Bolt Burdon Kemp is delighted to say congratulations to Yorkshire’s Encephalitis Society, named Charity of the Year!October 6, 2017
A charity which helps people who have been affected by a devastating brain condition has won a prestigious national award for its life-saving work.
The Encephalitis Society, which is based in Malton, North Yorkshire, was crowned Charity of the Year with an income of less than £1 million in the Charity Times Awards at a glittering awards ceremony at the Park Plaza Hotel, London, on Wednesday evening (4 October).
Dr Ava Easton & Phillippa Chapman (Encephalitis Society)
The team, led by Chief Executive Dr Ava Easton, were joined at the ceremony by charity ambassador Rebecca Adlington OBE, the two-time Olympic gold medal swimmer, who was recently seen on BBC One’s Celebrity Masterchef.
Dr Easton said: “We are thrilled to have taken home this wonderful award from the Charity Times Awards which are truly the ‘Oscars of the charity world.’
“Encephalitis is a devastating but little known condition that can ruin lives and destroy families. We are proud to be the global encephalitis experts and this recognition by the Charity Times means the world to our passionate team who go the extra mile to help people affected every day.
“We are grateful for the backing of our supporters, especially our Ambassador Rebecca Adlington, who has championed our work for several years, and our friends at Bolt Burdon Kemp and Clarke Willmott whose generous donations enabled us to attend the ceremony itself.”
Ipek Tugcu, Medical Negligence Solicitor at Bolt Burdon Kemp, said: “We are thrilled that their hard work was recognised last night at the Charity Time Awards 2017, as winners in their category.
The people in this photo includes: Tiggy Sutton (longstanding supporter to The Encephalitis Society), Rebecca Adlington (ambassador to The Encephalitis Society), Dr Ava Easton, Lord Roy Kennedy of Southwark, Andy Roe, London Fire Commissioner, Phillippa Chapman (The Encephalitis Society), Ipek Tugcu, (senior associate at Bolt Burdon Kemp), Julia Clark (The Encephalitis Society)
“We know, first hand, how passionate and hard-working this amazing team are. They are truly dedicated to their members and provide strong support to families affected by encephalitis and work tirelessly to raise standards. Their award is well deserved and we are delighted to have been able to support them on the night.”
The Charity Times Awards are the pre-eminent celebration of best practice in the UK Charity and not-for-profit sector. Now in their 18th year, the awards are run by Charity Times Magazine, the leading title for UK non-profit professionals.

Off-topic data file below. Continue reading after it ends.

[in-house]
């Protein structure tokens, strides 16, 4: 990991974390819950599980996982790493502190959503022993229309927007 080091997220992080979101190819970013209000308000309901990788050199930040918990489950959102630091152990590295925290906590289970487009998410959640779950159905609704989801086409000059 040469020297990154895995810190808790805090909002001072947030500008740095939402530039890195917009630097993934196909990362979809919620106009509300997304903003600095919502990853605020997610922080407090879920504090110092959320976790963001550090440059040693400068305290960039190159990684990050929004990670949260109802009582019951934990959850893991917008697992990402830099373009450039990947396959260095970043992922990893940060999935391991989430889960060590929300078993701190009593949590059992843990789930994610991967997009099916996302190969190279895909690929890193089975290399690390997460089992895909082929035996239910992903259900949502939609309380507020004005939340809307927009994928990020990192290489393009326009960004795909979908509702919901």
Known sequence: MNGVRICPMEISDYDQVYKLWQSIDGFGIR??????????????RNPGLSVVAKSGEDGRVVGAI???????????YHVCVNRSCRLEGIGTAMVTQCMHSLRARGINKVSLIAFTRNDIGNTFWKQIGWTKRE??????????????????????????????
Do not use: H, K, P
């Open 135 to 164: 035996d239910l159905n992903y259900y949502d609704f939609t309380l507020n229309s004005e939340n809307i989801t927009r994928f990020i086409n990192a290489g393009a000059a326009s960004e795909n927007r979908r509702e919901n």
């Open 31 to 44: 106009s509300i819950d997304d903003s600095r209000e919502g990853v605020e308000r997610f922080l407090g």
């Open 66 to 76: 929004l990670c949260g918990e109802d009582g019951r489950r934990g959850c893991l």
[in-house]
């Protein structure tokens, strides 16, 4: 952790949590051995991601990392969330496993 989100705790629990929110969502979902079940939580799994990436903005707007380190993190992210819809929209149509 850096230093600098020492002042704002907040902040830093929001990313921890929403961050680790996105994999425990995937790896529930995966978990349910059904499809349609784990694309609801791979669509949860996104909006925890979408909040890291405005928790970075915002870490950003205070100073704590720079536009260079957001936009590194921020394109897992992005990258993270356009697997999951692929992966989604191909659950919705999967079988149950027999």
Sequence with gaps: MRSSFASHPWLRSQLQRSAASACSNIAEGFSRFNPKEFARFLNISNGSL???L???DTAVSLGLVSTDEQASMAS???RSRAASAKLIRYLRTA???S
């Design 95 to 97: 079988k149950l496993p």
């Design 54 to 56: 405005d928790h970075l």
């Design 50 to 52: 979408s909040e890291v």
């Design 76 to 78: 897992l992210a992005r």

Rebecca Adlington, Ambassador with the Encephalitis Society, said: “I am extremely proud to be an ambassador with the Encephalitis Society and to champion their work across the world.
“To have been there on such a fantastic night and to see them rewarded for their efforts over the past 12 months was extremely special for me and my family.”
THE ENCEPHALITIS SOCIETY
The Encephalitis Society was founded in 1994 and is a registered charity and the only resource of its kind in the world providing direct support and information to people affected by encephalitis and to their family and friends.
The Encephalitis Society receives no Government funding and relies on income raised from individuals, businesses and grant-making organisations.
Encephalitis (noun, /ɛnˌkɛfəˈlʌɪtɪs/) is inflammation of the brain and is caused either by an infection invading the brain (infectious); or through the immune system attacking the brain in error (post-infectious / autoimmune encephalitis).
The condition is indiscriminate, striking adults and children alike, showing no respect for age, gender, ethnic origin or culture. Mortality rates are high and in those who survive many are left with an acquired brain injury, the degree and severity of which will vary. Their difficulties may include cognitive, physical, emotional, behavioural or psychosocial consequences.
The types of symptoms seen in encephalitis reflect the specific areas of the brain affected by the inflammation. The range of symptoms and their rate of development vary widely and can make the diagnosis of encephalitis difficult.
Infectious encephalitis frequently begins with a ‘flu-like illness or headache. Typically more serious symptoms follow hours to days later. The most serious finding is an alteration in level of consciousness. This can range from mild confusion or drowsiness, to loss of consciousness, seizures and coma. Other symptoms include a high temperature, seizures (fits), aversion to bright lights, inability to speak or control movement, sensory changes, neck stiffness or uncharacteristic behaviour.
In autoimmune types of encephalitis people can present with psychosis and hallucinations among other neurological presentations. Sometimes these patients can be mistakenly thought to be developing psychiatric or mental health illnesses.
For a more detailed factfile on encephalitis please see:
Ipek Tugcu is an associate solicitor at Bolt Burdon Kemp specialising in Adult Brain Injury claims. If you feel you may have a claim or are enquiring on behalf of a loved one, contact Ipek free of charge and in confidence on 020 7288 4849 or at firstname.lastname@example.org. Alternatively, complete this form and one of the solicitors in the Adult Brain Injury team will contact you. Find out more about the Adult Brain Injury team.